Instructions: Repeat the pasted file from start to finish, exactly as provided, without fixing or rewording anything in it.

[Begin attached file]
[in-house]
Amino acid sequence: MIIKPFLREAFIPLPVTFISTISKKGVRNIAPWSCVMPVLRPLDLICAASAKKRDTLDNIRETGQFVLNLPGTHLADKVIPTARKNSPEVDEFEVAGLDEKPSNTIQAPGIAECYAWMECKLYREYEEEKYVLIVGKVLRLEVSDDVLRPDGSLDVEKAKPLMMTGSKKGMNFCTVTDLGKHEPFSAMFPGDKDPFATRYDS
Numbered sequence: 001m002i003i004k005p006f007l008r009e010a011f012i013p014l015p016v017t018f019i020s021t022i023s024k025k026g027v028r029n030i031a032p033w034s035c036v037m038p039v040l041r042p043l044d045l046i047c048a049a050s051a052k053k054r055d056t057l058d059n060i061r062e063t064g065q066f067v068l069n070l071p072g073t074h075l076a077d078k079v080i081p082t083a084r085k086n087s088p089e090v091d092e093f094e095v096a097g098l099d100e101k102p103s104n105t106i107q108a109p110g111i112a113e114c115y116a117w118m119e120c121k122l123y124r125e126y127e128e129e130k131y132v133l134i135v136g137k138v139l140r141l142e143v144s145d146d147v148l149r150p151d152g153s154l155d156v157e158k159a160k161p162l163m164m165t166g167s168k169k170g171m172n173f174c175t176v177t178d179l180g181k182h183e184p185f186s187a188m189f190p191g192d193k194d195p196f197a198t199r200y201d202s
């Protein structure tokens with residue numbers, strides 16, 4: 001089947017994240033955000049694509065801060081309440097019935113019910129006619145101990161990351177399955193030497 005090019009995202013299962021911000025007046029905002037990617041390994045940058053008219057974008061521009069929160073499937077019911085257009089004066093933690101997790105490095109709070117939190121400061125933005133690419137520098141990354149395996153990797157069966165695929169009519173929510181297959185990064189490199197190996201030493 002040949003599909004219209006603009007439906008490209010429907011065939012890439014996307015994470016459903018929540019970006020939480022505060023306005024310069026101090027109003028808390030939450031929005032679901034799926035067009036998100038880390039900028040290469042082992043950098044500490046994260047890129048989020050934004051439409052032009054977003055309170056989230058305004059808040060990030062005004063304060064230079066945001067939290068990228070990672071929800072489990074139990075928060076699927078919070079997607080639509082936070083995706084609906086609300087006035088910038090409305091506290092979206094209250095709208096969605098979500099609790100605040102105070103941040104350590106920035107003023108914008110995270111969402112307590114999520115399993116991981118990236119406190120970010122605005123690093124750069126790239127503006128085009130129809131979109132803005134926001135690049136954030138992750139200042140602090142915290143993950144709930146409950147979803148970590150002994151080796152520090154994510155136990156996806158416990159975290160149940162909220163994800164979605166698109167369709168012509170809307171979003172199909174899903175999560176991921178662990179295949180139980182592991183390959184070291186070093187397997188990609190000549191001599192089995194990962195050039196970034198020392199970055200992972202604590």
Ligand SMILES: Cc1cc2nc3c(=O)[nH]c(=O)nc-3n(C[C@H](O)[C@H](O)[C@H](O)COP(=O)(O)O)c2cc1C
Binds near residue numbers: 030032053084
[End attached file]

[in-house]
Amino acid sequence: MIIKPFLREAFIPLPVTFISTISKKGVRNIAPWSCVMPVLRPLDLICAASAKKRDTLDNIRETGQFVLNLPGTHLADKVIPTARKNSPEVDEFEVAGLDEKPSNTIQAPGIAECYAWMECKLYREYEEEKYVLIVGKVLRLEVSDDVLRPDGSLDVEKAKPLMMTGSKKGMNFCTVTDLGKHEPFSAMFPGDKDPFATRYDS
Numbered sequence: 001m002i003i004k005p006f007l008r009e010a011f012i013p014l015p016v017t018f019i020s021t022i023s024k025k026g027v028r029n030i031a032p033w034s035c036v037m038p039v040l041r042p043l044d045l046i047c048a049a050s051a052k053k054r055d056t057l058d059n060i061r062e063t064g065q066f067v068l069n070l071p072g073t074h075l076a077d078k079v080i081p082t083a084r085k086n087s088p089e090v091d092e093f094e095v096a097g098l099d100e101k102p103s104n105t106i107q108a109p110g111i112a113e114c115y116a117w118m119e120c121k122l123y124r125e126y127e128e129e130k131y132v133l134i135v136g137k138v139l140r141l142e143v144s145d146d147v148l149r150p151d152g153s154l155d156v157e158k159a160k161p162l163m164m165t166g167s168k169k170g171m172n173f174c175t176v177t178d179l180g181k182h183e184p185f186s187a188m189f190p191g192d193k194d195p196f197a198t199r200y201d202s
């Protein structure tokens with residue numbers, strides 16, 4: 001089947017994240033955000049694509065801060081309440097019935113019910129006619145101990161990351177399955193030497 005090019009995202013299962021911000025007046029905002037990617041390994045940058053008219057974008061521009069929160073499937077019911085257009089004066093933690101997790105490095109709070117939190121400061125933005133690419137520098141990354149395996153990797157069966165695929169009519173929510181297959185990064189490199197190996201030493 002040949003599909004219209006603009007439906008490209010429907011065939012890439014996307015994470016459903018929540019970006020939480022505060023306005024310069026101090027109003028808390030939450031929005032679901034799926035067009036998100038880390039900028040290469042082992043950098044500490046994260047890129048989020050934004051439409052032009054977003055309170056989230058305004059808040060990030062005004063304060064230079066945001067939290068990228070990672071929800072489990074139990075928060076699927078919070079997607080639509082936070083995706084609906086609300087006035088910038090409305091506290092979206094209250095709208096969605098979500099609790100605040102105070103941040104350590106920035107003023108914008110995270111969402112307590114999520115399993116991981118990236119406190120970010122605005123690093124750069126790239127503006128085009130129809131979109132803005134926001135690049136954030138992750139200042140602090142915290143993950144709930146409950147979803148970590150002994151080796152520090154994510155136990156996806158416990159975290160149940162909220163994800164979605166698109167369709168012509170809307171979003172199909174899903175999560176991921178662990179295949180139980182592991183390959184070291186070093187397997188990609190000549191001599192089995194990962195050039196970034198020392199970055200992972202604590």
Ligand SMILES: Cc1cc2nc3c(=O)[nH]c(=O)nc-3n(C[C@H](O)[C@H](O)[C@H](O)COP(=O)(O)O)c2cc1C
Binds near residue numbers: 030032053084